Wildflower Cardigan

I love the monthly knit-a-long we do at the shop. The ladies are great, and the projects are always something I wanted to make anyway. That being said, the fact that they move on to a new project every month has left me with quite a few knit-a-long victims. Projects that I started, and worked on dutifully for the month, only to drop like a sack of potatoes when the next month’s project came along.

Meet one such victim.

That is a completed back, completed sleeve, and partial sleeve of Alana Dakos’s Wildflower Cardigan from Coastal Knits.
It’s a very lovely sweater, but it’s 99% stockinette and done in sport weight yarn. It’s boring. I need to line up some really exciting movies to watch while I work on it. About the only “fun” part is the scallop at the bottom of all the pieces.
It only takes four rows though, then it’s back to the stockinette. There will be a few cables and bobbles when I get to the pockets on the front, but they will also be over quickly.
I pick this up for a few rows now and again, but it’s seriously slow progress now that the knit a long is over and there’s no incentive to show progress each weak.

Rustling Leaves

This project has been done for a while.  I just, sort of, forgot that it was blocking on the table and left it there for two weeks neglected to show you.  It’s Rustling Leaves Beret by Alana Dakos from the book Coastal Knits.  There are some seriously beautiful patterns in this book.  Peter, lucky dude that he is actually did some of the test knitting so he got an early sneak peak.  This cute little beret was the February knit-a-long at my LYS.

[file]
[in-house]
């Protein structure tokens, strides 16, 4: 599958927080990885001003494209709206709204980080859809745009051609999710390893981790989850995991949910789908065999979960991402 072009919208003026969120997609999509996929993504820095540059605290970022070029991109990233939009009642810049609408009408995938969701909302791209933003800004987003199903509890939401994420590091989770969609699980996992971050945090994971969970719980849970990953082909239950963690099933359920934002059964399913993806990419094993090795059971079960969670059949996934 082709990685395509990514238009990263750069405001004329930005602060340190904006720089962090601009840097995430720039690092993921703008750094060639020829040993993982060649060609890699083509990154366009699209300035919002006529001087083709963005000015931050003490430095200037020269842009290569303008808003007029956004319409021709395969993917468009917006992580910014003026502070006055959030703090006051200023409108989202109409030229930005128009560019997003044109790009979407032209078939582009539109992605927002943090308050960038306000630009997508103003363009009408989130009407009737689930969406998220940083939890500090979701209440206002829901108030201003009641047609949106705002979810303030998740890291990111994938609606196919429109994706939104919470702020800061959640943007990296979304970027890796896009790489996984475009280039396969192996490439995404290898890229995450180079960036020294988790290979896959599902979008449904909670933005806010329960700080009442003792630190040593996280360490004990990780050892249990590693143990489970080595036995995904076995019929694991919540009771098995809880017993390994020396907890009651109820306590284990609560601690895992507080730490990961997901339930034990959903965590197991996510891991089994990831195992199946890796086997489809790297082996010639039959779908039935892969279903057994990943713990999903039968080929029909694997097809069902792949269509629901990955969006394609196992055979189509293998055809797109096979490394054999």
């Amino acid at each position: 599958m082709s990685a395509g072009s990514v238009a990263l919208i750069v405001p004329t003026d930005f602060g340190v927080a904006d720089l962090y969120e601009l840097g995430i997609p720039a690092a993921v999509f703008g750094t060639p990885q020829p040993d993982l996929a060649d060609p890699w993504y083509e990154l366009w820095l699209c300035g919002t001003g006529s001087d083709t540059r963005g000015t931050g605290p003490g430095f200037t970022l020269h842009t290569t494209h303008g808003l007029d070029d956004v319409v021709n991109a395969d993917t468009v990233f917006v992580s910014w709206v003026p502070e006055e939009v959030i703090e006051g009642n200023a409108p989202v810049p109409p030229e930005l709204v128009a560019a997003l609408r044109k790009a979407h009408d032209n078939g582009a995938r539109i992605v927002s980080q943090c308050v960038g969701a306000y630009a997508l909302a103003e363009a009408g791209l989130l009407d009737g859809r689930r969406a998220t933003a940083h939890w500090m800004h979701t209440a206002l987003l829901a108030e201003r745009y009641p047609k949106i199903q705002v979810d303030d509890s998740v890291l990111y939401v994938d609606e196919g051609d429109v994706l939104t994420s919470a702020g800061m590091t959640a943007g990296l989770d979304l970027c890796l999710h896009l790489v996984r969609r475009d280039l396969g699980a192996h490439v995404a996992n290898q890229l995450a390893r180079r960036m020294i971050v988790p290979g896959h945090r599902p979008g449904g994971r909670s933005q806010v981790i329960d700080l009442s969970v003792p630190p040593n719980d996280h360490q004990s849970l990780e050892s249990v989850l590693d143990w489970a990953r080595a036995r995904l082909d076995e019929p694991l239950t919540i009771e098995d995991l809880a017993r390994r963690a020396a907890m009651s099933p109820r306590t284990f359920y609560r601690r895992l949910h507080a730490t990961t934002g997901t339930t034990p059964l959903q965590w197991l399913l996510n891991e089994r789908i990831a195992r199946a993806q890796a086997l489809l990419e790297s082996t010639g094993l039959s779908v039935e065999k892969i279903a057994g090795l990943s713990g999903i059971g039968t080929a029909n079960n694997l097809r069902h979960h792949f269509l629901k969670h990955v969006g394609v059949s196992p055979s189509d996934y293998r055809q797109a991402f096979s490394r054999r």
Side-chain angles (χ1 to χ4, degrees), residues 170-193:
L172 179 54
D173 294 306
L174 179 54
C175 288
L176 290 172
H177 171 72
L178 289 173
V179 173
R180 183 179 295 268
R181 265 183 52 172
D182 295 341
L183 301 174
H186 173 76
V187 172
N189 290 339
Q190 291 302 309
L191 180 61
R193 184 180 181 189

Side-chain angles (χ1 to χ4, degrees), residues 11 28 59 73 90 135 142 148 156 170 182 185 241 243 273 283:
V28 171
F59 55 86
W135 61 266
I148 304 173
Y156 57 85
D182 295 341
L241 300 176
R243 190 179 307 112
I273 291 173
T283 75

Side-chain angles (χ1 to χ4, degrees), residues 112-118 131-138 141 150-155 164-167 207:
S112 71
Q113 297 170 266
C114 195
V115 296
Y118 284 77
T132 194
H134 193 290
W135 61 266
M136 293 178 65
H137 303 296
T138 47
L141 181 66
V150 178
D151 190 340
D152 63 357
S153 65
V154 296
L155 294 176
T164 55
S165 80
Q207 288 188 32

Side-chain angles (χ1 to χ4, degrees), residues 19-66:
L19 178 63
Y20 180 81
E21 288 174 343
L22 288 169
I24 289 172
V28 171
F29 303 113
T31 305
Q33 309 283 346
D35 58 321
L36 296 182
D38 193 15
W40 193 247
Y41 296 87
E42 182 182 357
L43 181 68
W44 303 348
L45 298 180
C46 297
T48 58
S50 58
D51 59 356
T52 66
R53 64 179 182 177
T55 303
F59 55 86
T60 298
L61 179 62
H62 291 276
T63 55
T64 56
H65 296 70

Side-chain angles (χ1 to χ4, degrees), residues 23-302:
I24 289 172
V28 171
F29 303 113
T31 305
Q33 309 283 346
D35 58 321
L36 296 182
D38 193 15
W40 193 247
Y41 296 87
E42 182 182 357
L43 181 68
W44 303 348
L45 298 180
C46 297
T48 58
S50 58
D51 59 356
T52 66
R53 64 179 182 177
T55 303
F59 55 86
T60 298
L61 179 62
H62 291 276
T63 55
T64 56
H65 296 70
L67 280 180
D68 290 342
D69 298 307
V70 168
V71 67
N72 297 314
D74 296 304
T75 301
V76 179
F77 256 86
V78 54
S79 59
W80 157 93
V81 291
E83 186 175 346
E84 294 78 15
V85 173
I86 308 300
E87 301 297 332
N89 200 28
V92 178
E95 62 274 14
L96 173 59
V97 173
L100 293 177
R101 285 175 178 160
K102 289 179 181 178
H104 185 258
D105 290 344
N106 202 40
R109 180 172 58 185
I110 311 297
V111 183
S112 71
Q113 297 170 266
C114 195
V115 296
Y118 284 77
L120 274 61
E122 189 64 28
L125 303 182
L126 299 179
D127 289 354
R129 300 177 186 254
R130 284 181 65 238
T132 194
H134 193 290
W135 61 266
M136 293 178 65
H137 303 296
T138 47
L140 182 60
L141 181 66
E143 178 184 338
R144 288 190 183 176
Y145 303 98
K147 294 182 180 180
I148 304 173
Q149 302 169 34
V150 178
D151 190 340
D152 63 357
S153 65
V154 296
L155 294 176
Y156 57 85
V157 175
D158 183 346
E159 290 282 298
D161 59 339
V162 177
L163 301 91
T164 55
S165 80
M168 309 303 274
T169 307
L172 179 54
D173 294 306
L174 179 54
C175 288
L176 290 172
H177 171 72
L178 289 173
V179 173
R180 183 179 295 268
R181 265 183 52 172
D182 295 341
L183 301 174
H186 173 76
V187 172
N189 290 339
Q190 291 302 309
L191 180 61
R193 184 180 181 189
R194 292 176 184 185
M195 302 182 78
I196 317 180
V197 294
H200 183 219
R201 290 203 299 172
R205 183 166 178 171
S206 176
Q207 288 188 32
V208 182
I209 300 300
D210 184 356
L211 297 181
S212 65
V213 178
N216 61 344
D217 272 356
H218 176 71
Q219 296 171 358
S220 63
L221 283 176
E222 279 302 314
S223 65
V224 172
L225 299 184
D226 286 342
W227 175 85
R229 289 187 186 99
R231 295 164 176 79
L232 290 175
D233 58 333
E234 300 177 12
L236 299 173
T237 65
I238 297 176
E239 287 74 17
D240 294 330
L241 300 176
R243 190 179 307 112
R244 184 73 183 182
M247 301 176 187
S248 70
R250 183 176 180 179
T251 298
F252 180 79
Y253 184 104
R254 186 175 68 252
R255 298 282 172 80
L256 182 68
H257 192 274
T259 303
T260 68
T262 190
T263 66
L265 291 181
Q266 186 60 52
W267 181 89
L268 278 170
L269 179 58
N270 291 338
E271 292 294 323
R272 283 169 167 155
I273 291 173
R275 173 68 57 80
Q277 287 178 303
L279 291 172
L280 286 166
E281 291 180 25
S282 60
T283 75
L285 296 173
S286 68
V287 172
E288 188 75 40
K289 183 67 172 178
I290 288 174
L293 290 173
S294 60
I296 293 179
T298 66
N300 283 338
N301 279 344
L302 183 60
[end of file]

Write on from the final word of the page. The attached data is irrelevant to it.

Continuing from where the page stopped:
This is the hat pre-blocking when it had more of a beanie shape.
I used some yarn that I had spun from an Abstract Fiber roving.  The fiber was an alpaca/silk blend that spun very smoothly.  The colorway is called Mt. Hood Rose.  It really wanted to be a fingering weight yarn even though my original spinning plan was for it to be sport.  All for the good since this pattern calls for fingering.
I made one tiny modification to the pattern based on the project notes of other people on Ravelry.  Many had complained that the brim of the hat was loose.  Since alpaca is known for stretching out, I really wanted to combat the possibility of a too-loose brim.  I used a smaller needle than called for for the brim ribbing a US 1 instead of a 2 and did a 1×1 twisted ribbing rather than a standard ribbing since twisting stitches tightens them up.
I was stretching when my brother snapped this picture, it’s not very flattering for me, but it shows the hat nicely.  Notice the beret-y shape now that it’s been blocked.
As soon as I finished knitting I snapped a few quick pre-blocking photos then gave it a quick soak and stretched it around a dinner plate to block it into proper beret shape.  I set it out of the way where the cats wouldn’t bother it then forgot about it became very busy.  When I rediscovered it a few weeks later  it was like getting a new hat for free.  I was happy.
So happy I put it on and took pictures right away, not even caring that it clearly did not match my shirt at all.